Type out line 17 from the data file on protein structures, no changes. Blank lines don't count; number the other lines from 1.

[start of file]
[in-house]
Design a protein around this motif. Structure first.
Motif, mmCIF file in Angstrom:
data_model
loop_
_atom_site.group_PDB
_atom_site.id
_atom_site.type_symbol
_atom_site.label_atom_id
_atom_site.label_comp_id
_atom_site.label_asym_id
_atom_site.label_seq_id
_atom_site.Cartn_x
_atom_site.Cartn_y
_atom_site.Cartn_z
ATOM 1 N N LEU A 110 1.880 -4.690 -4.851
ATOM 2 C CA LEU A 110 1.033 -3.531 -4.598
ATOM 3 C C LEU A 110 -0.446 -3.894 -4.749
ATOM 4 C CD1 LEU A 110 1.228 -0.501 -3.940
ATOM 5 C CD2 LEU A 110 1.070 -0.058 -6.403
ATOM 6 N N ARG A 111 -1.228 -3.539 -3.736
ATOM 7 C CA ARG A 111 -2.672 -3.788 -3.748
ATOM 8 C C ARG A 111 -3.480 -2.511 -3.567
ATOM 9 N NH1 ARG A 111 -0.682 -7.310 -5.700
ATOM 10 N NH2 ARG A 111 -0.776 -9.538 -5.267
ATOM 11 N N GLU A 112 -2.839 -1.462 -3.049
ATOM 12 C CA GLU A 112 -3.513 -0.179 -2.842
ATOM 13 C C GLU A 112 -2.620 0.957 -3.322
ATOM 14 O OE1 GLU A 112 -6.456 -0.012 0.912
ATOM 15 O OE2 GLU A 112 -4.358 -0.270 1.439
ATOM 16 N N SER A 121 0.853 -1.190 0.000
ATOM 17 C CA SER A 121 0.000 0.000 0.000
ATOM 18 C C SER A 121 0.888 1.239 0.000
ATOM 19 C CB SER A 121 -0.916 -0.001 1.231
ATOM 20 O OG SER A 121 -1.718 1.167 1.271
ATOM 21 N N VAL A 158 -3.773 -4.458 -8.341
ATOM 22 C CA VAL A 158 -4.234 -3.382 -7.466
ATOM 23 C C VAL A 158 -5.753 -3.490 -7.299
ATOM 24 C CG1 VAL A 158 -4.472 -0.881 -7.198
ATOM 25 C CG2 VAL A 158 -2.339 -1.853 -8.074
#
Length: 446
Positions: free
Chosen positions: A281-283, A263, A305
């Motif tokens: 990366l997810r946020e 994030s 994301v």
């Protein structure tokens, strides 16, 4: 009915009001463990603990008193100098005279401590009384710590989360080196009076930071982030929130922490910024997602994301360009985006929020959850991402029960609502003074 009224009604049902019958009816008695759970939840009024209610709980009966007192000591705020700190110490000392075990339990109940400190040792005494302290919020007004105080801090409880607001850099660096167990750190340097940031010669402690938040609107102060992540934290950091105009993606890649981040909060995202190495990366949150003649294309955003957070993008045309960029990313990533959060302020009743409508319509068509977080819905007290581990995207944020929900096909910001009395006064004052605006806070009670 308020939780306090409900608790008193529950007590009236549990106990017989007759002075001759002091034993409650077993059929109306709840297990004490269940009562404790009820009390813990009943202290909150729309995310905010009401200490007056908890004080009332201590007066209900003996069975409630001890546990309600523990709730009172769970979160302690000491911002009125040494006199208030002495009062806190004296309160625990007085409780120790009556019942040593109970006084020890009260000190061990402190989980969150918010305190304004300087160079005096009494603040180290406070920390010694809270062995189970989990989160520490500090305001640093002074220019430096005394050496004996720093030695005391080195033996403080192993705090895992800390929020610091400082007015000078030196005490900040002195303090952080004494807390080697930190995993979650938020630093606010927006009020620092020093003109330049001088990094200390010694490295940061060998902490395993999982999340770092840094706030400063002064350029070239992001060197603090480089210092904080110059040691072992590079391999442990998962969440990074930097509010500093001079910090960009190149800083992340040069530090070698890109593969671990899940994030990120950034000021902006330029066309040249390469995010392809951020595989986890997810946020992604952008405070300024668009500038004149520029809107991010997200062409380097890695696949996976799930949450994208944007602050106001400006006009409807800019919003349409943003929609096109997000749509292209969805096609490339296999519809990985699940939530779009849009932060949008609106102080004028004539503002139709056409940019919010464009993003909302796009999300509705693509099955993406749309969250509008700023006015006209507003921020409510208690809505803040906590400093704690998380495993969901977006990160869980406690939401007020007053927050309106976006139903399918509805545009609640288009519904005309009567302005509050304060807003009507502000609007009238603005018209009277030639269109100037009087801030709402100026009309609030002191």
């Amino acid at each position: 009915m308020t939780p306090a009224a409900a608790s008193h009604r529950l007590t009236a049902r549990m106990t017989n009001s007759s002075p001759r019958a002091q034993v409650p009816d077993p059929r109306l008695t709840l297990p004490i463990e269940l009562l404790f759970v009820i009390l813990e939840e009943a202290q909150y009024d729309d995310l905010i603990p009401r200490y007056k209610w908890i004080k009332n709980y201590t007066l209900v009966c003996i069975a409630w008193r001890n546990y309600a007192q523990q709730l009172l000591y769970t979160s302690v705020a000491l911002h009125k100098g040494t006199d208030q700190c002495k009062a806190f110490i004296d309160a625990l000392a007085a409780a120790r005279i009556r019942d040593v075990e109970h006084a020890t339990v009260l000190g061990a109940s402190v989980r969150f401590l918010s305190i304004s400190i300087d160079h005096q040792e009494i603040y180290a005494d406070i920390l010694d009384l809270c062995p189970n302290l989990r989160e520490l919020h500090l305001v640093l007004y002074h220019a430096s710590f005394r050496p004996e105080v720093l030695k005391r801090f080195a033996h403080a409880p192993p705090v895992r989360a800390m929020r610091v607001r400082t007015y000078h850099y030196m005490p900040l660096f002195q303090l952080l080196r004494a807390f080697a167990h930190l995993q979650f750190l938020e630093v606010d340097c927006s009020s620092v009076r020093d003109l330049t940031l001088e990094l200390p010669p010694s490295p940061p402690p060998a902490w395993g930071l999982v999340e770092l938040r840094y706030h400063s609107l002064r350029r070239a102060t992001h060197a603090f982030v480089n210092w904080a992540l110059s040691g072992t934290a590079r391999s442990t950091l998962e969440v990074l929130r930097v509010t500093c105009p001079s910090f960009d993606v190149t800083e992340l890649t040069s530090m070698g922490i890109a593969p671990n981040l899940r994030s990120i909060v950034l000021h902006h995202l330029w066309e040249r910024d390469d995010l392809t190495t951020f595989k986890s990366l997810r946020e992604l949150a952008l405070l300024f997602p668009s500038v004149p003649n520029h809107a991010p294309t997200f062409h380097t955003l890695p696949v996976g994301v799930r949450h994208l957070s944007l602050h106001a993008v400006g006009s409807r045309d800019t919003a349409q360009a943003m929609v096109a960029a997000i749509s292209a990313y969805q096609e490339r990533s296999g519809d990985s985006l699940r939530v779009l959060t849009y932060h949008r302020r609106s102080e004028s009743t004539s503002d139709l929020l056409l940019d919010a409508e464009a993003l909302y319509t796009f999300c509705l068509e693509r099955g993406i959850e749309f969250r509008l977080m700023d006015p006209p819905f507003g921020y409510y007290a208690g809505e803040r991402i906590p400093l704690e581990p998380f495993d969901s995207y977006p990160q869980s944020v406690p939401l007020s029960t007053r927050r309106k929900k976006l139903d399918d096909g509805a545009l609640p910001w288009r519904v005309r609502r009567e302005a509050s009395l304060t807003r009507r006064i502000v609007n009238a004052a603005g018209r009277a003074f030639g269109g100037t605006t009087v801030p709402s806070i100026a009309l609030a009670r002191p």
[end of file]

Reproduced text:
ATOM 2 C CA LEU A 110 1.033 -3.531 -4.598